Perhaps a little spontaneity

It probably won’t surprise many people who know me to hear that my escape from last-minute plans didn’t last long, but the spontaneous event was a pleasant and relaxing one. On Tuesday night I sent a message to my friend Tom to see how he was, and after a short exchange of texts we realised that he was taking his canal boat Spey along a canal which was fairly easily accessible from my flat (two short train journeys for very little cost). So at lunchtime on Wednesday I took myself off in the tattiest clothes I had with me and joined Tom and Mac on the boat for the afternoon. We pootled down the canal looking at things, catching up on news, and at one point using olive oil and washing up liquid to get tar out of my hair. Oops… Eventually we arrived at the place where Spey was being left for a few days and we hopped off, explored a little and then separated to find our ways home. I got back to the flat in the early evening and went for another run – just three miles this time, but surprisingly managable.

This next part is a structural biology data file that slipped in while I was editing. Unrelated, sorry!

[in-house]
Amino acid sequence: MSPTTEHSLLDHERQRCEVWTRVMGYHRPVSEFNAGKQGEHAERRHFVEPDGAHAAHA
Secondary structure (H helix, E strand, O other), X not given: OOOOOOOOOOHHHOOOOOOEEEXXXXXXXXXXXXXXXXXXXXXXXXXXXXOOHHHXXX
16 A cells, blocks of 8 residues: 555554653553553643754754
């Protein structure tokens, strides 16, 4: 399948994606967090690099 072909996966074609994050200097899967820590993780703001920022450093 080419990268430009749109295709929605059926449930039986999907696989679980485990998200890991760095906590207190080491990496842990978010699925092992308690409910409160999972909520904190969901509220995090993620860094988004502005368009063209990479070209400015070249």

My journey back to university on Thursday was uneventful, as was my afternoon babysitting my adorable little baby. I’ll miss them a lot when I finish. The last definite afternoon is this Thursday as my summer job will take up the majority of my time in July. In the evening I was feeling quite tired and very reluctant to get dolled up and go out again, but I wasn’t about to waste an expensive ticket to a ball with several of my friends, and I’m glad I went. It was great fun and the meal was delicious, and although I did leave “early” (at 1am instead of 4am) I felt I got the value out of the ticket price, unlike the ball that Tamsin and I went to last week.